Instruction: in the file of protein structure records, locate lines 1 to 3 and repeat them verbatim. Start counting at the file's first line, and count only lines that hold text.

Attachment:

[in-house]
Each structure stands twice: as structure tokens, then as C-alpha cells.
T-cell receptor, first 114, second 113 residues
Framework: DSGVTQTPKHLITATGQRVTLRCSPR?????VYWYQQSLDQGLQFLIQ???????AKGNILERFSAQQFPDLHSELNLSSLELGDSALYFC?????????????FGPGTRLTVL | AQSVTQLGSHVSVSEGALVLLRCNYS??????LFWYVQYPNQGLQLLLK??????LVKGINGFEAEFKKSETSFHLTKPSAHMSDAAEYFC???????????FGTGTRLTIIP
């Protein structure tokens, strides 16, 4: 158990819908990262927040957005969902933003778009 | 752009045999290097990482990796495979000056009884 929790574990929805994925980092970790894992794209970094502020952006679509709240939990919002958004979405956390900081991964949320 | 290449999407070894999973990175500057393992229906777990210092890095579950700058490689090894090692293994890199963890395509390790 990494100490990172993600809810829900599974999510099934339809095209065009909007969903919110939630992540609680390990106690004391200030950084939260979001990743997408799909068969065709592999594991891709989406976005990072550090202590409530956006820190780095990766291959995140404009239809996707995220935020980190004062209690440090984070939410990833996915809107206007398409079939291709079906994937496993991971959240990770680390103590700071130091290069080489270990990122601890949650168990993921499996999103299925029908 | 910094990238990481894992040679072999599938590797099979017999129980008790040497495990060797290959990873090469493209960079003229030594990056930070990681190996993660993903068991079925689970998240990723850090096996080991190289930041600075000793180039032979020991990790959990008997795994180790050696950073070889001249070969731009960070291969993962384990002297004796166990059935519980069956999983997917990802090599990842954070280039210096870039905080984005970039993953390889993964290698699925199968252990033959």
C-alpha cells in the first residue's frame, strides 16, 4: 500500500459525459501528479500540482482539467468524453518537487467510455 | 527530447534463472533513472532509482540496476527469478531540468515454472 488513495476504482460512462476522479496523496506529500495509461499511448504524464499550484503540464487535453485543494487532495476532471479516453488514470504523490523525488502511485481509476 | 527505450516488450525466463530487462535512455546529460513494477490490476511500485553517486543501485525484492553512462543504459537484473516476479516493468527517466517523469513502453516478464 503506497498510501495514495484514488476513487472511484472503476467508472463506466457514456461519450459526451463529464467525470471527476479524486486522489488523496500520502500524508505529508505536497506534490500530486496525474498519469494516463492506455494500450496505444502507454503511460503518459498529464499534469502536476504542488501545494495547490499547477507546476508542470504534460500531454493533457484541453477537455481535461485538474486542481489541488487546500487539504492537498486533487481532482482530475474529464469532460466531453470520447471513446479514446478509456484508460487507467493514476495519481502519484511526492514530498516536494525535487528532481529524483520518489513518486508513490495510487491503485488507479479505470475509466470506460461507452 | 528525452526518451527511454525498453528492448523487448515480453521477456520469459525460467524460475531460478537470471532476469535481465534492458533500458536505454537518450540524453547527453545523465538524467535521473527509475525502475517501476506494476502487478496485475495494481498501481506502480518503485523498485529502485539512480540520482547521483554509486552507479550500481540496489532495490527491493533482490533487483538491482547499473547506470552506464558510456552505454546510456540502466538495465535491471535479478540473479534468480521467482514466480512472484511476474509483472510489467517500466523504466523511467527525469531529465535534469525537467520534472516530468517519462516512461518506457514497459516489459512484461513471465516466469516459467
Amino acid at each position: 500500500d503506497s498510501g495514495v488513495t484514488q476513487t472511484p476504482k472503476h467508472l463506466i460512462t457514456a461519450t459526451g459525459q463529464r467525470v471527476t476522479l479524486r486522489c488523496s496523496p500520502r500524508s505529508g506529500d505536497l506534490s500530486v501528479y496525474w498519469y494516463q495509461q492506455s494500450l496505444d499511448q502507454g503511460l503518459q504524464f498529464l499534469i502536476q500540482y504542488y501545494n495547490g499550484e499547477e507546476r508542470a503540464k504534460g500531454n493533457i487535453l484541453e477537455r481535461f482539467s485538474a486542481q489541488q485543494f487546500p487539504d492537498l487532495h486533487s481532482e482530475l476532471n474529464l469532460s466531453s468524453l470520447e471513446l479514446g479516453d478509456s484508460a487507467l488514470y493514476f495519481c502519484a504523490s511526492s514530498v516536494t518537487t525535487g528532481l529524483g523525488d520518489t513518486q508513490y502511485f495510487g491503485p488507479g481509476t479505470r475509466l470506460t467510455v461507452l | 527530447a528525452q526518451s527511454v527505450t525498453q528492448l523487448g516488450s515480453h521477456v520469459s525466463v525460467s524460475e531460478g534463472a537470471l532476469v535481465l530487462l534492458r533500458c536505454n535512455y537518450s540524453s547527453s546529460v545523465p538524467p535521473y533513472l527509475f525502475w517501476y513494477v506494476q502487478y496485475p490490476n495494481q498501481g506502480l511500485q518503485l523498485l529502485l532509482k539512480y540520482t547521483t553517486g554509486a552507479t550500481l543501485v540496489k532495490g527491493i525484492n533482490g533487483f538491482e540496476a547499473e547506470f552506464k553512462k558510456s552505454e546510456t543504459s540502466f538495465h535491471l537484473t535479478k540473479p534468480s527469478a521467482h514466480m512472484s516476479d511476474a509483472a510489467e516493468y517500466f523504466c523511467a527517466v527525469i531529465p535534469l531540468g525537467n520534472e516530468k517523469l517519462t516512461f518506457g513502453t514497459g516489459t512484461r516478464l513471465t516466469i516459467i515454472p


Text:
[in-house]
Each structure stands twice: as structure tokens, then as C-alpha cells.
T-cell receptor, first 114, second 113 residues